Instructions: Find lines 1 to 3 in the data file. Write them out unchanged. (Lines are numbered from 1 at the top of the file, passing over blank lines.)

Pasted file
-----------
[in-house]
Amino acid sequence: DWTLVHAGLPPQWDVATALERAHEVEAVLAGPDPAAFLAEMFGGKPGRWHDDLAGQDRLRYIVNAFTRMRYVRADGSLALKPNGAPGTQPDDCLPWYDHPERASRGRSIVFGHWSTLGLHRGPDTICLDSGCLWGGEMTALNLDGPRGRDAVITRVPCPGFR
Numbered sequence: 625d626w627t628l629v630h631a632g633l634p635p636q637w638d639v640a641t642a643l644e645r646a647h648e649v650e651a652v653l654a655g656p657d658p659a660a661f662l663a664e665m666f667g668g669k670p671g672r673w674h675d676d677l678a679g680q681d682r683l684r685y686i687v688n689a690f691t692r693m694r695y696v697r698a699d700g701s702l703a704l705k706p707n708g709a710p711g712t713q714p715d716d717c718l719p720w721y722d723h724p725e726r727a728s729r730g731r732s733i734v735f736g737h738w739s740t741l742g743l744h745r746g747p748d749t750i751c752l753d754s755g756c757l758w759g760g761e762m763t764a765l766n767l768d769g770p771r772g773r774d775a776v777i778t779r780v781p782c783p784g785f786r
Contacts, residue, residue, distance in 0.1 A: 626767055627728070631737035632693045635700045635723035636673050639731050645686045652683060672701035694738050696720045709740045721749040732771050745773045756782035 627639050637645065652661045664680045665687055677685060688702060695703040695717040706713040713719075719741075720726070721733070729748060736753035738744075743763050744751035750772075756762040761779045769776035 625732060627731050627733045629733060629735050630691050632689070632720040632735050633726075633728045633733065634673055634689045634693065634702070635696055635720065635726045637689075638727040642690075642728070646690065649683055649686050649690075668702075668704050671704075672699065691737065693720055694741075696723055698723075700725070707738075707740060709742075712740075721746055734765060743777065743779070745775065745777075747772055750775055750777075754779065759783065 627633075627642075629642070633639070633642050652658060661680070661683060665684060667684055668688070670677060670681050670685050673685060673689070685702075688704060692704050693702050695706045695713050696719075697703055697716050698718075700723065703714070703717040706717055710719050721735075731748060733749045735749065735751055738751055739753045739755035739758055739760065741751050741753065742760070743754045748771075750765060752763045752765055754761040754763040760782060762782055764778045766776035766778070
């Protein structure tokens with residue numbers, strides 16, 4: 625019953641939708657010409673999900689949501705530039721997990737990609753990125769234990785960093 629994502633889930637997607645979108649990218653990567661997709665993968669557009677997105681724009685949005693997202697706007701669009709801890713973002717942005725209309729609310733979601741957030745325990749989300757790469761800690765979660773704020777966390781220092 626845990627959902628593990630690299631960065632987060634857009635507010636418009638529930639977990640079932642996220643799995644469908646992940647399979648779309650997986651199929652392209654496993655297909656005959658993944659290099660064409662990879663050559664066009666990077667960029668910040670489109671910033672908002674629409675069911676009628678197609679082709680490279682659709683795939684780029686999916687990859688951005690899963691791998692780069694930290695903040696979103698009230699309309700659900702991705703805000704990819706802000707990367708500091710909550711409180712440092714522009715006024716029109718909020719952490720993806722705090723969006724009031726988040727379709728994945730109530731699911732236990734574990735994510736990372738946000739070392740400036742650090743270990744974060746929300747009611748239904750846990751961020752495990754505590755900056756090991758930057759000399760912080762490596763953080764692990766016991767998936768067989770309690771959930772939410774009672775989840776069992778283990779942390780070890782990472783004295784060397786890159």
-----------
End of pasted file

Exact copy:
[in-house]
Amino acid sequence: DWTLVHAGLPPQWDVATALERAHEVEAVLAGPDPAAFLAEMFGGKPGRWHDDLAGQDRLRYIVNAFTRMRYVRADGSLALKPNGAPGTQPDDCLPWYDHPERASRGRSIVFGHWSTLGLHRGPDTICLDSGCLWGGEMTALNLDGPRGRDAVITRVPCPGFR
Numbered sequence: 625d626w627t628l629v630h631a632g633l634p635p636q637w638d639v640a641t642a643l644e645r646a647h648e649v650e651a652v653l654a655g656p657d658p659a660a661f662l663a664e665m666f667g668g669k670p671g672r673w674h675d676d677l678a679g680q681d682r683l684r685y686i687v688n689a690f691t692r693m694r695y696v697r698a699d700g701s702l703a704l705k706p707n708g709a710p711g712t713q714p715d716d717c718l719p720w721y722d723h724p725e726r727a728s729r730g731r732s733i734v735f736g737h738w739s740t741l742g743l744h745r746g747p748d749t750i751c752l753d754s755g756c757l758w759g760g761e762m763t764a765l766n767l768d769g770p771r772g773r774d775a776v777i778t779r780v781p782c783p784g785f786r